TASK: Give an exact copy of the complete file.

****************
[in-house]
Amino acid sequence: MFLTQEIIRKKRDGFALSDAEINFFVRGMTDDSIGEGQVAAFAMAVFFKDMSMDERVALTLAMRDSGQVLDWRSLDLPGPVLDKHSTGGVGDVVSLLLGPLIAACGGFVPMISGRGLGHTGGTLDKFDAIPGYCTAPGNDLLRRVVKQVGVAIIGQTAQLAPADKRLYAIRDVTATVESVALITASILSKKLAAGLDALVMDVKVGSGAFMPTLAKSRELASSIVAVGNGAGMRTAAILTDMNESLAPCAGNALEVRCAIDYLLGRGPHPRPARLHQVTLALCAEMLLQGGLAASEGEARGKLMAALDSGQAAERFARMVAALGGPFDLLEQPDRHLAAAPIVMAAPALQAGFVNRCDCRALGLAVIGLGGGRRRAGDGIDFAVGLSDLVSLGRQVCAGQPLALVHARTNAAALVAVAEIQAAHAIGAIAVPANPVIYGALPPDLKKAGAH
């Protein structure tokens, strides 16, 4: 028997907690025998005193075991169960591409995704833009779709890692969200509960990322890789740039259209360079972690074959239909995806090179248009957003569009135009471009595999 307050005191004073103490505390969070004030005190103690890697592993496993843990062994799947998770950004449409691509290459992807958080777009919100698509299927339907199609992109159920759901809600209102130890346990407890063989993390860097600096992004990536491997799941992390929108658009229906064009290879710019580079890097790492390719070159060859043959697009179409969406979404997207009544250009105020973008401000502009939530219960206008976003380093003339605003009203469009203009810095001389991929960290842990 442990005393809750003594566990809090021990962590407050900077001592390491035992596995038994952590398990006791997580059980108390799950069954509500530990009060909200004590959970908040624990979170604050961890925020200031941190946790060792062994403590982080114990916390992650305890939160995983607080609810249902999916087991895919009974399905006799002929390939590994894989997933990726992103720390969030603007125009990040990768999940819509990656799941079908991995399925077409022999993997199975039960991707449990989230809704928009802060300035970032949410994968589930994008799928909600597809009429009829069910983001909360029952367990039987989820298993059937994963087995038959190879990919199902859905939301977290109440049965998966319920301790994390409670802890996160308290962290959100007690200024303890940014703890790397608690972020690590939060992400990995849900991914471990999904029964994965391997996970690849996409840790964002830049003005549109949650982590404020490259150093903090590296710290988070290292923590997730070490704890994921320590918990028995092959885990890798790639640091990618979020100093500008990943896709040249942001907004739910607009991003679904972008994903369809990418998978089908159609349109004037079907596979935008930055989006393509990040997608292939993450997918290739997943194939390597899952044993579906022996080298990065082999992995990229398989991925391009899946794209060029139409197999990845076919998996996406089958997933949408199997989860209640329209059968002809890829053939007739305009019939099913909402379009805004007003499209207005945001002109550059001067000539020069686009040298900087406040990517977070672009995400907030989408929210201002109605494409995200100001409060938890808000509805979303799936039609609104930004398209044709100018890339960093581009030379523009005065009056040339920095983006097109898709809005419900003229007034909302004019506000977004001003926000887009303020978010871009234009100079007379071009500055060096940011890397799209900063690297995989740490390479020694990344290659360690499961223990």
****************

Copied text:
[in-house]
Amino acid sequence: MFLTQEIIRKKRDGFALSDAEINFFVRGMTDDSIGEGQVAAFAMAVFFKDMSMDERVALTLAMRDSGQVLDWRSLDLPGPVLDKHSTGGVGDVVSLLLGPLIAACGGFVPMISGRGLGHTGGTLDKFDAIPGYCTAPGNDLLRRVVKQVGVAIIGQTAQLAPADKRLYAIRDVTATVESVALITASILSKKLAAGLDALVMDVKVGSGAFMPTLAKSRELASSIVAVGNGAGMRTAAILTDMNESLAPCAGNALEVRCAIDYLLGRGPHPRPARLHQVTLALCAEMLLQGGLAASEGEARGKLMAALDSGQAAERFARMVAALGGPFDLLEQPDRHLAAAPIVMAAPALQAGFVNRCDCRALGLAVIGLGGGRRRAGDGIDFAVGLSDLVSLGRQVCAGQPLALVHARTNAAALVAVAEIQAAHAIGAIAVPANPVIYGALPPDLKKAGAH
């Protein structure tokens, strides 16, 4: 028997907690025998005193075991169960591409995704833009779709890692969200509960990322890789740039259209360079972690074959239909995806090179248009957003569009135009471009595999 307050005191004073103490505390969070004030005190103690890697592993496993843990062994799947998770950004449409691509290459992807958080777009919100698509299927339907199609992109159920759901809600209102130890346990407890063989993390860097600096992004990536491997799941992390929108658009229906064009290879710019580079890097790492390719070159060859043959697009179409969406979404997207009544250009105020973008401000502009939530219960206008976003380093003339605003009203469009203009810095001389991929960290842990 442990005393809750003594566990809090021990962590407050900077001592390491035992596995038994952590398990006791997580059980108390799950069954509500530990009060909200004590959970908040624990979170604050961890925020200031941190946790060792062994403590982080114990916390992650305890939160995983607080609810249902999916087991895919009974399905006799002929390939590994894989997933990726992103720390969030603007125009990040990768999940819509990656799941079908991995399925077409022999993997199975039960991707449990989230809704928009802060300035970032949410994968589930994008799928909600597809009429009829069910983001909360029952367990039987989820298993059937994963087995038959190879990919199902859905939301977290109440049965998966319920301790994390409670802890996160308290962290959100007690200024303890940014703890790397608690972020690590939060992400990995849900991914471990999904029964994965391997996970690849996409840790964002830049003005549109949650982590404020490259150093903090590296710290988070290292923590997730070490704890994921320590918990028995092959885990890798790639640091990618979020100093500008990943896709040249942001907004739910607009991003679904972008994903369809990418998978089908159609349109004037079907596979935008930055989006393509990040997608292939993450997918290739997943194939390597899952044993579906022996080298990065082999992995990229398989991925391009899946794209060029139409197999990845076919998996996406089958997933949408199997989860209640329209059968002809890829053939007739305009019939099913909402379009805004007003499209207005945001002109550059001067000539020069686009040298900087406040990517977070672009995400907030989408929210201002109605494409995200100001409060938890808000509805979303799936039609609104930004398209044709100018890339960093581009030379523009005065009056040339920095983006097109898709809005419900003229007034909302004019506000977004001003926000887009303020978010871009234009100079007379071009500055060096940011890397799209900063690297995989740490390479020694990344290659360690499961223990």